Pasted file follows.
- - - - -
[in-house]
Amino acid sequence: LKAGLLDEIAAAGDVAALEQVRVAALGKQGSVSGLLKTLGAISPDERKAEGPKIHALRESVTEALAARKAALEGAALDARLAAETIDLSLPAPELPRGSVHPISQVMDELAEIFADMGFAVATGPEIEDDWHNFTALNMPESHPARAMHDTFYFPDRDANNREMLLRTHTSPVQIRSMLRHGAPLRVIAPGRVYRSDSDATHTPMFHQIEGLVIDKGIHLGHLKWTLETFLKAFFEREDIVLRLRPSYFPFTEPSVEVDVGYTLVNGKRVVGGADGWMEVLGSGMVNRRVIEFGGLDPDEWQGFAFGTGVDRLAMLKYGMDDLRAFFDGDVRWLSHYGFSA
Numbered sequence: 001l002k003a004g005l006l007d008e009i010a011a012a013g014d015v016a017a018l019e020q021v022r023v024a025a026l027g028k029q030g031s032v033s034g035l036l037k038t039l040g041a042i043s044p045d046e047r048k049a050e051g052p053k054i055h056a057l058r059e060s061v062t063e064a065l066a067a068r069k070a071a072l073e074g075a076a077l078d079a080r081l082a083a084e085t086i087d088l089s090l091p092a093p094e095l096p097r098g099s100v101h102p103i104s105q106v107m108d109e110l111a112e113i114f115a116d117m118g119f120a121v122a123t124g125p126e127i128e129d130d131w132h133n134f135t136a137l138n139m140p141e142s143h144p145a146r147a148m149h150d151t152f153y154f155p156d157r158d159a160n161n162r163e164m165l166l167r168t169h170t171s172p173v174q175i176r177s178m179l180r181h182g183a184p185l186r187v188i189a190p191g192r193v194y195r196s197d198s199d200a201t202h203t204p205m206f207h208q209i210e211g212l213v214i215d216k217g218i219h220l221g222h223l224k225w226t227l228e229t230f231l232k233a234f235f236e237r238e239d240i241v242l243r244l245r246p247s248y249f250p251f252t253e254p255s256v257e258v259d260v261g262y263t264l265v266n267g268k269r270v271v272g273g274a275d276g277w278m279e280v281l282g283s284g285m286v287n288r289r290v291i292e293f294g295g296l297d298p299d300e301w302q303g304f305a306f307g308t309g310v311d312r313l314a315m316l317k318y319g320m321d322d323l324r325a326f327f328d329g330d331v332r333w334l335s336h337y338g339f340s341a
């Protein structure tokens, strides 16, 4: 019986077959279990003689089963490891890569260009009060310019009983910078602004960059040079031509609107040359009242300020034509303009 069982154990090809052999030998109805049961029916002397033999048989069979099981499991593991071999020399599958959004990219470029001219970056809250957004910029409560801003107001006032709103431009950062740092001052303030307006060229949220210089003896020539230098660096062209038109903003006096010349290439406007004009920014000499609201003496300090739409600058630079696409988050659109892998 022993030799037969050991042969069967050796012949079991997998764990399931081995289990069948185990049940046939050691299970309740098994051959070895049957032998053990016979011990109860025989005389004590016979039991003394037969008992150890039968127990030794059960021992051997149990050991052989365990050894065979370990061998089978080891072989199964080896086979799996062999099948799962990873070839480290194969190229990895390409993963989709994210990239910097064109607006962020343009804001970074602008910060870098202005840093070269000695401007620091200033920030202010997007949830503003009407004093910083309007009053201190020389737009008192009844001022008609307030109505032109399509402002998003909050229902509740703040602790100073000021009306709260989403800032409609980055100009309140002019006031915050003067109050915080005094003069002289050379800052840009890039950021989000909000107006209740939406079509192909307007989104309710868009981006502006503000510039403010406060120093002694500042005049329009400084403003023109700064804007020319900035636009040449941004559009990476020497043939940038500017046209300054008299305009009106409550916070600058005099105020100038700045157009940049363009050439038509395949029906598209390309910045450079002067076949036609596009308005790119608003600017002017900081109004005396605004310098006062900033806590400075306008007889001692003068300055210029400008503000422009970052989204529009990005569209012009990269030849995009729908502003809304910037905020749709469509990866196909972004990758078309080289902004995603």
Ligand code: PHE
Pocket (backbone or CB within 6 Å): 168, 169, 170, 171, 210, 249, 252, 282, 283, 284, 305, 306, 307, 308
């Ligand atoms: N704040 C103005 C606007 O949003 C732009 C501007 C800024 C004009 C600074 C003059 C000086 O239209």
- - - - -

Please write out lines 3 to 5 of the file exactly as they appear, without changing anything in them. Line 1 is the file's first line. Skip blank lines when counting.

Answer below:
Numbered sequence: 001l002k003a004g005l006l007d008e009i010a011a012a013g014d015v016a017a018l019e020q021v022r023v024a025a026l027g028k029q030g031s032v033s034g035l036l037k038t039l040g041a042i043s044p045d046e047r048k049a050e051g052p053k054i055h056a057l058r059e060s061v062t063e064a065l066a067a068r069k070a071a072l073e074g075a076a077l078d079a080r081l082a083a084e085t086i087d088l089s090l091p092a093p094e095l096p097r098g099s100v101h102p103i104s105q106v107m108d109e110l111a112e113i114f115a116d117m118g119f120a121v122a123t124g125p126e127i128e129d130d131w132h133n134f135t136a137l138n139m140p141e142s143h144p145a146r147a148m149h150d151t152f153y154f155p156d157r158d159a160n161n162r163e164m165l166l167r168t169h170t171s172p173v174q175i176r177s178m179l180r181h182g183a184p185l186r187v188i189a190p191g192r193v194y195r196s197d198s199d200a201t202h203t204p205m206f207h208q209i210e211g212l213v214i215d216k217g218i219h220l221g222h223l224k225w226t227l228e229t230f231l232k233a234f235f236e237r238e239d240i241v242l243r244l245r246p247s248y249f250p251f252t253e254p255s256v257e258v259d260v261g262y263t264l265v266n267g268k269r270v271v272g273g274a275d276g277w278m279e280v281l282g283s284g285m286v287n288r289r290v291i292e293f294g295g296l297d298p299d300e301w302q303g304f305a306f307g308t309g310v311d312r313l314a315m316l317k318y319g320m321d322d323l324r325a326f327f328d329g330d331v332r333w334l335s336h337y338g339f340s341a
């Protein structure tokens, strides 16, 4: 019986077959279990003689089963490891890569260009009060310019009983910078602004960059040079031509609107040359009242300020034509303009 069982154990090809052999030998109805049961029916002397033999048989069979099981499991593991071999020399599958959004990219470029001219970056809250957004910029409560801003107001006032709103431009950062740092001052303030307006060229949220210089003896020539230098660096062209038109903003006096010349290439406007004009920014000499609201003496300090739409600058630079696409988050659109892998 022993030799037969050991042969069967050796012949079991997998764990399931081995289990069948185990049940046939050691299970309740098994051959070895049957032998053990016979011990109860025989005389004590016979039991003394037969008992150890039968127990030794059960021992051997149990050991052989365990050894065979370990061998089978080891072989199964080896086979799996062999099948799962990873070839480290194969190229990895390409993963989709994210990239910097064109607006962020343009804001970074602008910060870098202005840093070269000695401007620091200033920030202010997007949830503003009407004093910083309007009053201190020389737009008192009844001022008609307030109505032109399509402002998003909050229902509740703040602790100073000021009306709260989403800032409609980055100009309140002019006031915050003067109050915080005094003069002289050379800052840009890039950021989000909000107006209740939406079509192909307007989104309710868009981006502006503000510039403010406060120093002694500042005049329009400084403003023109700064804007020319900035636009040449941004559009990476020497043939940038500017046209300054008299305009009106409550916070600058005099105020100038700045157009940049363009050439038509395949029906598209390309910045450079002067076949036609596009308005790119608003600017002017900081109004005396605004310098006062900033806590400075306008007889001692003068300055210029400008503000422009970052989204529009990005569209012009990269030849995009729908502003809304910037905020749709469509990866196909972004990758078309080289902004995603």
Ligand code: PHE